Breaking News
More () »

"Dixie Classic Fair" Debate: Fact Vs. Fiction

We want to separate fact from fiction to clear up any rumors you might have heard about the "Dixie" debate.
Dixie Class Fair Debate: Fact Vs. Fiction

WINSTON-SALEM, N.C. -- Earlier this week, a Winston-Salem councilman brought "Dixie" into question, because he says some people connect the word to the Confederacy. He said some voters told him that word would keep them from attending the Dixie Classic Fair.

Then a firestorm, comment after comment after comment on the WFMY News 2 Facebook page. Even a petition on Change.org supporting the word "Dixie" with more than 1,000 supporters in just one day.

And Councilman James Taylor, who brought up the idea, listened. He said Thursday the "Dixie" debate is over." But how serious was this debate in the first place?

Related Story: Councilman Ends Discussion Of Changing 'Dixie Classic Fair' Name

We want to separate fact from fiction to clear up any rumors you might have heard about the "Dixie" debate.

First one, is this fact or fiction?

1) Councilman James Taylor made a proposal to remove "Dixie" from Dixie Classic Fair.

FICTION - Taylor says he brought up the idea after hearing complaints from some voters. He never made a formal proposal.

2) The Winston-Salem City Council discussed the word "Dixie" at their council meeting.

FICTION - The conversation came up during a finance committee meeting. Council met with a consultant about ways to bring more people to the fairgrounds.

3) The debate about "Dixie" was never on the council's agenda.

FACT - There have never been any official meetings or votes on this issue. Just a conversation started by Councilman Taylor.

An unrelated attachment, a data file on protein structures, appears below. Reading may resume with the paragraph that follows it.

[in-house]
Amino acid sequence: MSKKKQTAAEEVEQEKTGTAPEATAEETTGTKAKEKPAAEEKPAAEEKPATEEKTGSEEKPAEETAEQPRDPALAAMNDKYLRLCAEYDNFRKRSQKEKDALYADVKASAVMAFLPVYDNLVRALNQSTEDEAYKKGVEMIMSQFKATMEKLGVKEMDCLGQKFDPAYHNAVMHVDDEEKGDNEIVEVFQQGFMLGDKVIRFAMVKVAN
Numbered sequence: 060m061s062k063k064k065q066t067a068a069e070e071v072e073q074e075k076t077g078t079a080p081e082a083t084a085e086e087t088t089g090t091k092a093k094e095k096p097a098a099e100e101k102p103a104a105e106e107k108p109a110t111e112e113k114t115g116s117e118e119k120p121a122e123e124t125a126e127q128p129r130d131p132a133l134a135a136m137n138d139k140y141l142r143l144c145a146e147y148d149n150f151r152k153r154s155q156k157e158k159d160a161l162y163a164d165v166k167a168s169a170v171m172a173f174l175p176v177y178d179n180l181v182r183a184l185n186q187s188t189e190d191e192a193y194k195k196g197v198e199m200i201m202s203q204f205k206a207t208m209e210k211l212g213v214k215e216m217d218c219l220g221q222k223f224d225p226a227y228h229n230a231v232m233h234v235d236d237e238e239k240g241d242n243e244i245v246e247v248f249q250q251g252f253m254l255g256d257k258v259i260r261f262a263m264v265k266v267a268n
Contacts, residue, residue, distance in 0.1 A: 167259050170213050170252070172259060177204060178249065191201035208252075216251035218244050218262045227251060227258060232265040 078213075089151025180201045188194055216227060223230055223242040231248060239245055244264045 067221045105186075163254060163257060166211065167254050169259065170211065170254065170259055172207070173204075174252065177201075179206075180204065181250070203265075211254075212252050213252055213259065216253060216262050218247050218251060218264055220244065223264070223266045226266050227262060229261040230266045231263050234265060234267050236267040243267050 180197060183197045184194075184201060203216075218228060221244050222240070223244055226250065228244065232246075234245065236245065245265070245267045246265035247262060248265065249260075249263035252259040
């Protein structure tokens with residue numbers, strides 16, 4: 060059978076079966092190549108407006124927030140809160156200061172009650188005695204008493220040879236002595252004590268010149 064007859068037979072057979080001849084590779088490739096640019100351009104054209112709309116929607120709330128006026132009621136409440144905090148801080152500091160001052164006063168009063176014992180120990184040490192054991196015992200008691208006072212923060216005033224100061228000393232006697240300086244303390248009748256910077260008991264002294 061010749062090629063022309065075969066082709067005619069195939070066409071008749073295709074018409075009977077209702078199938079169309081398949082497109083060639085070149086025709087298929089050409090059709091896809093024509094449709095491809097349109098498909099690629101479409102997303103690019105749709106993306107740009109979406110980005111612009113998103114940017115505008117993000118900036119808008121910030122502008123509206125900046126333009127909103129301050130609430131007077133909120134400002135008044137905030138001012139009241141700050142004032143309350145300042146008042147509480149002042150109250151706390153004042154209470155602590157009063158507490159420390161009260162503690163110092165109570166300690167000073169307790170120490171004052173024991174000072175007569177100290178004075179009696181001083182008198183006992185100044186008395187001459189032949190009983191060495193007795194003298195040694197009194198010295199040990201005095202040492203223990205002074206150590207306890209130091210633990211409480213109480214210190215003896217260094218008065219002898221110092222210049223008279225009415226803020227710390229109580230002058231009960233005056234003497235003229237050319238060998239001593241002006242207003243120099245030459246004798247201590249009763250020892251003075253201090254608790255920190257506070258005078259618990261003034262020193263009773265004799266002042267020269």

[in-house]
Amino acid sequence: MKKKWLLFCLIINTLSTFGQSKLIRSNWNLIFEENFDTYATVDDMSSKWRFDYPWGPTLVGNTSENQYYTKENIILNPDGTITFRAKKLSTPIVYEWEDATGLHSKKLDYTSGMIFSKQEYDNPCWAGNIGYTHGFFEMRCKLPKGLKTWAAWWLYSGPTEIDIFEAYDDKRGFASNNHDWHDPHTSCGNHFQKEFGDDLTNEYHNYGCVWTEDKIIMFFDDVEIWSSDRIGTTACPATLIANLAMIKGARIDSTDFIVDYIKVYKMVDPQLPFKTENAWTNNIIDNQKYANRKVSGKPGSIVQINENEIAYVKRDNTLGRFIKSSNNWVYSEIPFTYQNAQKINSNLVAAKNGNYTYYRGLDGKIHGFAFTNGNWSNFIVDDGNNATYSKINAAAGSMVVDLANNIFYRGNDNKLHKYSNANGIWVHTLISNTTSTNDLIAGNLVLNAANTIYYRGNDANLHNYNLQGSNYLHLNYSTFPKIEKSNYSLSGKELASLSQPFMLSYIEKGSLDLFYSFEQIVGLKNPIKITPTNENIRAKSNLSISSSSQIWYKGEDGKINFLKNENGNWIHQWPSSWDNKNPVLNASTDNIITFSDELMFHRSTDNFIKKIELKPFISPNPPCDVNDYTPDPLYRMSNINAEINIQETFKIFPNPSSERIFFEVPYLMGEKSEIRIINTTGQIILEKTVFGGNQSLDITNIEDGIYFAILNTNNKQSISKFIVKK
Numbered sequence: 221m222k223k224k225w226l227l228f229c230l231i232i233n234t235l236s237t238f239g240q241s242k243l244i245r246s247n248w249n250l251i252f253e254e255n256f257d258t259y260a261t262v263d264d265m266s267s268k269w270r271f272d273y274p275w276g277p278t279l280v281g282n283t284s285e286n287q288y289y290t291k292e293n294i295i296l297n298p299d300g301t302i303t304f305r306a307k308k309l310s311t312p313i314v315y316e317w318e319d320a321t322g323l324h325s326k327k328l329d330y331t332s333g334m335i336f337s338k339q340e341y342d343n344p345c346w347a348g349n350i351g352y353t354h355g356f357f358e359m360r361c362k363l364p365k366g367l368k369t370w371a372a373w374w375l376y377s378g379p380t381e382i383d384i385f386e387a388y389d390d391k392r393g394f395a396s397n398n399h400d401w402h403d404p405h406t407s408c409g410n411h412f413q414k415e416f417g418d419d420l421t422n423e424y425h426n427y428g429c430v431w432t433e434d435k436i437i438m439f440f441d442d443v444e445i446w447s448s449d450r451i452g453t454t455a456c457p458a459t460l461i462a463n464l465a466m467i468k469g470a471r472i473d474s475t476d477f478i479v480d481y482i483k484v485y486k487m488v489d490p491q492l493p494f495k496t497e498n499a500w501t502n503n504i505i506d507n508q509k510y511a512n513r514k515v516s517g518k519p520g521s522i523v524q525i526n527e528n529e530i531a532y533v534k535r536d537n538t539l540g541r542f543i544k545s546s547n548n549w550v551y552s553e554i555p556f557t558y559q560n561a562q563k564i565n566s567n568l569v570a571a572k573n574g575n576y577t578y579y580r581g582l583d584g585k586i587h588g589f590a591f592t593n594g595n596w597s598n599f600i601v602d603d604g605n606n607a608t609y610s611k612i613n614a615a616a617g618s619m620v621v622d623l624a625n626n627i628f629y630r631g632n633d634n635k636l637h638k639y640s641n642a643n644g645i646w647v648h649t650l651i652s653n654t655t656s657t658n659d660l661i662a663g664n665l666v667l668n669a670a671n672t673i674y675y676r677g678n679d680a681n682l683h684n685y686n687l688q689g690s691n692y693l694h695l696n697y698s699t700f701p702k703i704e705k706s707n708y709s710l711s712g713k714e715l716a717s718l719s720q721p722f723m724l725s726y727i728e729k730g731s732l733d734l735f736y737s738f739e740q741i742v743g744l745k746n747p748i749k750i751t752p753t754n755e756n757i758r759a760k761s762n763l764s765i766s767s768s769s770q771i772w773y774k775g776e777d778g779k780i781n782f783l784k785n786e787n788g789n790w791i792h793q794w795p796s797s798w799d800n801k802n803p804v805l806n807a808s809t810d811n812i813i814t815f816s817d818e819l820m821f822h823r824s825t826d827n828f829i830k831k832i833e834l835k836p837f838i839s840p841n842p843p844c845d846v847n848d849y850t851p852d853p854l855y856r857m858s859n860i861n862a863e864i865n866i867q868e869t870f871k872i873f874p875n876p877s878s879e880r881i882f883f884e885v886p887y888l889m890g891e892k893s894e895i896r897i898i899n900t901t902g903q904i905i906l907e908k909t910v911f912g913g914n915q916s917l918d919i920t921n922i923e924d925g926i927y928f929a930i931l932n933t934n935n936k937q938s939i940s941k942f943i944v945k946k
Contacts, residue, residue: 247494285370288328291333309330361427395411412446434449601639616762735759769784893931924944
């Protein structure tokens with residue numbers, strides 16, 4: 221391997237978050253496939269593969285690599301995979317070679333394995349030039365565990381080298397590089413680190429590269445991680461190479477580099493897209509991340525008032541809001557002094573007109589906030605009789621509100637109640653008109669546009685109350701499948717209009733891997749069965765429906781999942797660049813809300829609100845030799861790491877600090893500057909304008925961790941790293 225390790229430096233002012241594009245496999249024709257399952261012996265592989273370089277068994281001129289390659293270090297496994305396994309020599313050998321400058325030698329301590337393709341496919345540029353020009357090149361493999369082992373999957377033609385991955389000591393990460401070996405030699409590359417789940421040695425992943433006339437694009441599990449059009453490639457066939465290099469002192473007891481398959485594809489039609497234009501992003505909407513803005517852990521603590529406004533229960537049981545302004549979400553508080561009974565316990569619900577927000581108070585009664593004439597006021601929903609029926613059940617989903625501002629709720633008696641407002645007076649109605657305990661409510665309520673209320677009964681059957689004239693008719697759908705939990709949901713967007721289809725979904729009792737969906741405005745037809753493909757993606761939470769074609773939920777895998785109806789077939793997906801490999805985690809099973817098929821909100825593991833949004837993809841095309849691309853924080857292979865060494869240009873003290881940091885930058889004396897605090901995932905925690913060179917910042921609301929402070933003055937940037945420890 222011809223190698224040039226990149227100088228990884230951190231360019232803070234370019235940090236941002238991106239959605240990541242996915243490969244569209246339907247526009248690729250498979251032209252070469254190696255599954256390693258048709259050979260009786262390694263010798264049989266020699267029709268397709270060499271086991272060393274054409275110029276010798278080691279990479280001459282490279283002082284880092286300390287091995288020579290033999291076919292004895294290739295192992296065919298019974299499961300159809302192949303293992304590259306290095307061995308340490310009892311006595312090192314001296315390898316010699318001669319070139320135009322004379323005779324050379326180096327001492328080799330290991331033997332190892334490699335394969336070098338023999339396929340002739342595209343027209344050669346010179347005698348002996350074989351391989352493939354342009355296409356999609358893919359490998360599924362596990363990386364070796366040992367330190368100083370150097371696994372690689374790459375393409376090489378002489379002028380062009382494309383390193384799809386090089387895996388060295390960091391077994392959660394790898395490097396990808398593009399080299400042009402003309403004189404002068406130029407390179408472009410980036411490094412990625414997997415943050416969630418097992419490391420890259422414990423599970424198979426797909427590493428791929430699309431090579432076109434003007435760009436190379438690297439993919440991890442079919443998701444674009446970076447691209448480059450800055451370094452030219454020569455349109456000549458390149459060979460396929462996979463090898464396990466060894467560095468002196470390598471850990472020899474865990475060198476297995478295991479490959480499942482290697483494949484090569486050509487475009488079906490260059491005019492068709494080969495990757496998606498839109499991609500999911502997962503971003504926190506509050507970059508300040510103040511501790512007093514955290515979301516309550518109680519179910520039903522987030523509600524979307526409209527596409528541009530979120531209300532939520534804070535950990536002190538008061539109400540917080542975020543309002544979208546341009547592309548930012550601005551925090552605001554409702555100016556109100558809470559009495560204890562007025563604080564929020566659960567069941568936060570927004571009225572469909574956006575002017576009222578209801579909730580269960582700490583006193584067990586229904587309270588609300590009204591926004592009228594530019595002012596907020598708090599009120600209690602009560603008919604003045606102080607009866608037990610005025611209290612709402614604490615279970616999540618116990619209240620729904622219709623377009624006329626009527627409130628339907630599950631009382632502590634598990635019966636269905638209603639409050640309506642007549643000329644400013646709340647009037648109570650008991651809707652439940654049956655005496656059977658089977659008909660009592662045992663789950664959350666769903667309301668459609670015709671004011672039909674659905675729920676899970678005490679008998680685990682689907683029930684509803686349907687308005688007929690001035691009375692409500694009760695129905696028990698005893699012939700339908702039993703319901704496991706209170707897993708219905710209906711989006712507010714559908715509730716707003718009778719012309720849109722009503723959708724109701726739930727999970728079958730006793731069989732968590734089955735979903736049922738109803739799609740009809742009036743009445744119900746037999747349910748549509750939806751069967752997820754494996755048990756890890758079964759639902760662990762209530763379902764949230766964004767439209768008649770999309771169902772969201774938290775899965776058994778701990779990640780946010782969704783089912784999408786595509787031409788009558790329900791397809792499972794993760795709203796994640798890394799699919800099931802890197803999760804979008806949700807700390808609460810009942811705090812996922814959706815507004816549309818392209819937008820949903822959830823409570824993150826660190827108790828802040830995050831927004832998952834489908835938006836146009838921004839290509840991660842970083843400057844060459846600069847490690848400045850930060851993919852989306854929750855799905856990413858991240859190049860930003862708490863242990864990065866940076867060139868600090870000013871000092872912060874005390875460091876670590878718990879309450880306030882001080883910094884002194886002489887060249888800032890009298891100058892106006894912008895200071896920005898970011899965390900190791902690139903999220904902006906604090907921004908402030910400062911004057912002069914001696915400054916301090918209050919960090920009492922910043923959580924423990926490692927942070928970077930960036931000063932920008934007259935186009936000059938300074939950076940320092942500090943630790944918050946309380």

The conversation was still enough to get thousands of people to support the word "Dixie" with a petition. Claudia Baker started the petition on Change.org. While she says she knew there was no official proposal, she said it still called for push back.

Related Story: Should 'Dixie' Be Removed from Winston-Salem's Dixie Classic Fair

"It was the perfect time to sort of pounce on it in its infancy and hopefully not get it to the point where it was going to a vote," Baker said. "So, that was part of my point was to try to get the word out and hopefully put a stop to it before it went too far."

Councilman Taylor announced this afternoon he's ending the discussion on "Dixie." He said this in a news release from the city:

"I know some of my constituents continue to have concerns over this matter, but I've also heard from passionate supporters of the fair as it is currently named," explained Taylor. "At this time, I believe it is in the best interest of our city that I focus my attention on the details of the consultant's report suggesting how to improve the fairgrounds, and how to grow our fair into the most prosperous in the state."

Baker said she is still asking people to support the petition just in case the "Dixie" debate comes back up.

Before You Leave, Check This Out